Should Investors Adjust Their IT Exposure?

Fisher Investments UK thinks investors should always maintain a well-diversified portfolio aligned with their long-term individual goals and financial circumstances. Changes to portfolios should be made based on forward-looking views rather than on recent performance. If you are thinking of adjusting your exposure to IT, we think you should consider the following questions first:

What is your outlook for equities? Recall, IT is a significant portion of the broader market.
Do you think growth equities will perform better than value equities?
Do you think the US market, which hosts most of the biggest IT equities, will perform well?
Do you prefer high-margin companies in today’s environment?
Which parts of IT do you think will do better? Hardware or Software?

By answering these questions, you can improve the chances you are making an informed decision in your portfolio positioning.


This document constitutes the general views of Fisher Investments UK and should not be regarded as personalised investment or tax advice or a reflection of client performance. No assurances are made that Fisher Investments UK will continue to hold these views, which may change at any time based on new information, analysis or reconsideration. Nothing herein is intended to be a recommendation or forecast of market conditions. Rather, it is intended to illustrate a point. Current and future markets may differ significantly from those illustrated here. In addition, no assurances are made regarding the accuracy of any assumptions made in any illustrations herein. Fisher Investments Europe Limited, trading as Fisher Investments UK, is authorised and regulated by the UK Financial Conduct Authority (FCA Number 191609) and is registered in England (Company Number 3850593). Fisher Investments Europe Limited has its registered office at: Level 18, One Canada Square (NYSE:SQ), Canary Wharf, London, E14 5AX, United Kingdom. Investment management services are provided by Fisher Investments UK’s parent company, Fisher Asset Management, LLC, trading as Fisher Investments, which is established in the US and regulated by the US Securities and Exchange Commission.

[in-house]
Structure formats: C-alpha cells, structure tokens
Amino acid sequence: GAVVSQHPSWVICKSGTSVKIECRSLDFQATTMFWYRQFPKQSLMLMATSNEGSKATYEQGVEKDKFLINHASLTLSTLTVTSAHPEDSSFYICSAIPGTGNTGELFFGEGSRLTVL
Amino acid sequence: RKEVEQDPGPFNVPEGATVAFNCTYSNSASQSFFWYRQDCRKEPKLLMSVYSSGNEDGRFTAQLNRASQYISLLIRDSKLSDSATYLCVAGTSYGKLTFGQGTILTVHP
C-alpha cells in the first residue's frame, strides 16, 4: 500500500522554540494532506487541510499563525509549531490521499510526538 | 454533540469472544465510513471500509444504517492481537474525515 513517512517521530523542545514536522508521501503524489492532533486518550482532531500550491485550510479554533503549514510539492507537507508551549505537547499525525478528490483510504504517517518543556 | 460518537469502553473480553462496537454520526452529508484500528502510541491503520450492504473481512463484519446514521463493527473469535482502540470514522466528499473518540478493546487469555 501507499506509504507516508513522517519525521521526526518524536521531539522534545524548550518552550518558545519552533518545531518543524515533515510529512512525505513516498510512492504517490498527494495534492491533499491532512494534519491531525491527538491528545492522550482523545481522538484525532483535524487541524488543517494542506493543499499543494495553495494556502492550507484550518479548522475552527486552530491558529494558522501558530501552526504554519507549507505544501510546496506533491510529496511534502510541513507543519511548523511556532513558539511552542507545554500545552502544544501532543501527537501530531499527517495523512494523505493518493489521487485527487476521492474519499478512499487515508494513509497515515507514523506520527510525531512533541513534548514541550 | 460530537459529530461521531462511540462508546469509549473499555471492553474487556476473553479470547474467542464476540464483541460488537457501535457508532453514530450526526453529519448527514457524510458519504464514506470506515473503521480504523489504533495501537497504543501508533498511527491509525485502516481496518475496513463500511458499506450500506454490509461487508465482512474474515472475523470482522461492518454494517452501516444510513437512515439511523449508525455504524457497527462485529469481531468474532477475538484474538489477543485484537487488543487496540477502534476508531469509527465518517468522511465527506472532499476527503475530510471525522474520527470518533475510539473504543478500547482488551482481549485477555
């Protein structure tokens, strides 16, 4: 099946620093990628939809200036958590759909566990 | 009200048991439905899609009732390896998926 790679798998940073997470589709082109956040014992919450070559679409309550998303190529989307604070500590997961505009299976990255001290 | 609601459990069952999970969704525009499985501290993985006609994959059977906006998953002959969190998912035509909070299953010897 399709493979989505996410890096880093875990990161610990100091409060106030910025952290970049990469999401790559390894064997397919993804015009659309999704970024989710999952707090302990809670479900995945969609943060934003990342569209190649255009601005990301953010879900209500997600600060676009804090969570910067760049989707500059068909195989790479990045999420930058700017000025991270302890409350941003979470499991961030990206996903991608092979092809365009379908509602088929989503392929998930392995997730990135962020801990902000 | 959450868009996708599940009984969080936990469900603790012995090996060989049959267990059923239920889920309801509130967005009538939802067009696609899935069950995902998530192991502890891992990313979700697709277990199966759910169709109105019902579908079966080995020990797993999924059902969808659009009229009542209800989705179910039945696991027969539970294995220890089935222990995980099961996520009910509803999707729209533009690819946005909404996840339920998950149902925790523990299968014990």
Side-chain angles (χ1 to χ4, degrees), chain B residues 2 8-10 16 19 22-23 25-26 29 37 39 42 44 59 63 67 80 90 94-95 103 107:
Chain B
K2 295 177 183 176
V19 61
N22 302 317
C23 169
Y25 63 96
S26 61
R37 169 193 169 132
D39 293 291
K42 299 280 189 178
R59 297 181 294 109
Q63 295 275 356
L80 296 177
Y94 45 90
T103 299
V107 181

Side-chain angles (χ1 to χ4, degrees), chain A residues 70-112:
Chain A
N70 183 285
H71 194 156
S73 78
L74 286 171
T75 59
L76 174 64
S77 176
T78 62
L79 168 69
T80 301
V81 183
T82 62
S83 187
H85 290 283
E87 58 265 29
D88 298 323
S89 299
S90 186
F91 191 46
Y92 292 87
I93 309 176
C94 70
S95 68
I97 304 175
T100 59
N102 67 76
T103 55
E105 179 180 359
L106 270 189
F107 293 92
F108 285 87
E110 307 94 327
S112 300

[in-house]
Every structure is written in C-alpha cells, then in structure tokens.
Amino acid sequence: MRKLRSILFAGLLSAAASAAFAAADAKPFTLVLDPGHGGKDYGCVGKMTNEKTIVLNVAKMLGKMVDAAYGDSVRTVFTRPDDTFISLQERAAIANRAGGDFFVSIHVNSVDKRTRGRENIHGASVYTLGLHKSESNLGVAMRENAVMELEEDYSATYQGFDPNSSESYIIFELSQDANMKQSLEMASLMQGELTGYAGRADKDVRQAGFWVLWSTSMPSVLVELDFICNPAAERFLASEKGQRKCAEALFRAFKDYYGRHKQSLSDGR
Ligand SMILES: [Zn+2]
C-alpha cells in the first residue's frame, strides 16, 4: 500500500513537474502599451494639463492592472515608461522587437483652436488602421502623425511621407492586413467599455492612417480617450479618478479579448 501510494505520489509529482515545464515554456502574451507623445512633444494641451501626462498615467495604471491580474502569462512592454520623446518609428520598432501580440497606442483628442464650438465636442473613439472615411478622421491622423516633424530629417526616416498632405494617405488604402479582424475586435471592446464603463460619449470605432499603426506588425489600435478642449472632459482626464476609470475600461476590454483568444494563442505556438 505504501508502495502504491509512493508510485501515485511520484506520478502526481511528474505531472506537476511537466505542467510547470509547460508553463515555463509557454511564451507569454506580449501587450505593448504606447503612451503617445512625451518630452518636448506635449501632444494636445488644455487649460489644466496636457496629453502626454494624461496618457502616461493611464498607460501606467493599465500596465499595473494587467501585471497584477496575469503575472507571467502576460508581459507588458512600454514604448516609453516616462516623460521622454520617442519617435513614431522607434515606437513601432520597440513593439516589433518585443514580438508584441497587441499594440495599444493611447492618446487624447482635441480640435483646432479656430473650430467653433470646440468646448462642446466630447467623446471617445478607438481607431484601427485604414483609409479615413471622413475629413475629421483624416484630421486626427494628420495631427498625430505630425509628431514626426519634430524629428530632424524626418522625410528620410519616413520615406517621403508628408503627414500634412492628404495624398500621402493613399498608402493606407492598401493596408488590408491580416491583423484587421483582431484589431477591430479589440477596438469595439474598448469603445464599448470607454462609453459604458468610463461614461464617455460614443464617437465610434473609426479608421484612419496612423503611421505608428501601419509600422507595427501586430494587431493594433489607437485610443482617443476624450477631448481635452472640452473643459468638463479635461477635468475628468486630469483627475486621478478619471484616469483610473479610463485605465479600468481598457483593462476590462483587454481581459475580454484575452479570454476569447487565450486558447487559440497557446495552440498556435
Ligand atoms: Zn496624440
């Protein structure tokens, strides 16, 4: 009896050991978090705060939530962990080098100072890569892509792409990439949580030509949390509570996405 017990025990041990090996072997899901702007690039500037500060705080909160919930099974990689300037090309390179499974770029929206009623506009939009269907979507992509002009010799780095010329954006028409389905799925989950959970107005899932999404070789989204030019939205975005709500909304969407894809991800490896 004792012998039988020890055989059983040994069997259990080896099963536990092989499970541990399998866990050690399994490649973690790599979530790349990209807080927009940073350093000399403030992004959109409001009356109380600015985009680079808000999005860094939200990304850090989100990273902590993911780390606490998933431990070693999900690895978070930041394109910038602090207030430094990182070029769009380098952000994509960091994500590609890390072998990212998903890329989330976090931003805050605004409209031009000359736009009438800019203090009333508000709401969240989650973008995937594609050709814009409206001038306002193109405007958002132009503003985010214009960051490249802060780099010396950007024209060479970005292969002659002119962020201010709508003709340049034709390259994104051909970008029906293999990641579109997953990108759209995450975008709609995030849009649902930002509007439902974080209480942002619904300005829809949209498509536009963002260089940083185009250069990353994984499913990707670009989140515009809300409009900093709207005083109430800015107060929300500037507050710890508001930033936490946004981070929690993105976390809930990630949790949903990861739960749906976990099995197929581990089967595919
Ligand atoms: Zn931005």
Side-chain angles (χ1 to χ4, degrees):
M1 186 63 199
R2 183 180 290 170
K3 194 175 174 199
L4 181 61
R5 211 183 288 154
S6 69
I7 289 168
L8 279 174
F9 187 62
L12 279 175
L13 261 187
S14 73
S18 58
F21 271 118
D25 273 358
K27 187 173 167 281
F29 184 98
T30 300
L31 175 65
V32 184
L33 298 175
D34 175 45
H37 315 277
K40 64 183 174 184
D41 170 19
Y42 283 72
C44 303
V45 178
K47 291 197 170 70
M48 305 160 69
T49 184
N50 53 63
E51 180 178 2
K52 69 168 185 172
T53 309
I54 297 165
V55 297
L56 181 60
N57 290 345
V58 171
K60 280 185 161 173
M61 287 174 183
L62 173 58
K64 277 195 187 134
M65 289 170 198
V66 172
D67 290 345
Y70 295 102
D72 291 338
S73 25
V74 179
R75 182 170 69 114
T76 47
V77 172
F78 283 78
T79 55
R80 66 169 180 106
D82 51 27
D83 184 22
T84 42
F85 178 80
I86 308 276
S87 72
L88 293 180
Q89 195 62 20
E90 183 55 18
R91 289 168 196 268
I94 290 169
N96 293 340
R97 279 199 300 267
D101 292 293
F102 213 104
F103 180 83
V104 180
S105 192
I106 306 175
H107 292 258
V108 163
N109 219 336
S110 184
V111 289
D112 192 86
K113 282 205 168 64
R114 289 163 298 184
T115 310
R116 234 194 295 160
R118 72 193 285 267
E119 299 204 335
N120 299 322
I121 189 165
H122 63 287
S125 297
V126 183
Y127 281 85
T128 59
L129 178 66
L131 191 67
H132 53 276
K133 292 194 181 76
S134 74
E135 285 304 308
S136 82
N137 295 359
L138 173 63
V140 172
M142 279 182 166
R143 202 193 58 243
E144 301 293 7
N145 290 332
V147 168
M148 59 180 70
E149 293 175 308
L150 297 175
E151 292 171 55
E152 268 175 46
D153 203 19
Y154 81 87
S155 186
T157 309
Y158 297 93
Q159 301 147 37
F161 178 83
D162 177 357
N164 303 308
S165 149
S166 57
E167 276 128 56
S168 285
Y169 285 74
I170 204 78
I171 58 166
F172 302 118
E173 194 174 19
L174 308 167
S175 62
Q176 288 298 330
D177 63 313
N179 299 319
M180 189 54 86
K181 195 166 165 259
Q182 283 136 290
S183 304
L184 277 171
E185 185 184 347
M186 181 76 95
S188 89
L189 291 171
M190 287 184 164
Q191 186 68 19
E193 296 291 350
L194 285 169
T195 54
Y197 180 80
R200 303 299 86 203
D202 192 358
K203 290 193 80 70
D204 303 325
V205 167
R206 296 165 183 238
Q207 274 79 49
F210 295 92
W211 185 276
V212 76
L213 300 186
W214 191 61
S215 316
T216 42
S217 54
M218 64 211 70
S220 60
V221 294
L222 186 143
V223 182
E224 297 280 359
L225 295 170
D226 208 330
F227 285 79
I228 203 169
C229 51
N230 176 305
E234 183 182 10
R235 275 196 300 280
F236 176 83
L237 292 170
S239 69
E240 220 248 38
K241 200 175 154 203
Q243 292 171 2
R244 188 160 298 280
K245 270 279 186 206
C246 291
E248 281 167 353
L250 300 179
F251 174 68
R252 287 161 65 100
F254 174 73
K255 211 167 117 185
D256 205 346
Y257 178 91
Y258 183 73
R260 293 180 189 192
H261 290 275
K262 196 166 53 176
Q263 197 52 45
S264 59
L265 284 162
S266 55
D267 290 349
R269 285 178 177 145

Investment management services are provided by Fisher Investments UK’s parent company, Fisher Asset Management, LLC, trading as Fisher Investments, which is established in the US and regulated by the US Securities and Exchange Commission. Investing in financial markets involves the risk of loss and there is no guarantee that all or any capital invested will be repaid. Past performance neither guarantees nor reliably indicates future performance. The value of investments and the income from them will fluctuate with world financial markets and international currency exchange rates.

[i] Source: FactSet. MSCI World Sector Price Returns as of 25/10/2022

[i] Source: FactSet. MSCI World Information Technology / Software Index. Gross Margins. As of 30/9/2022.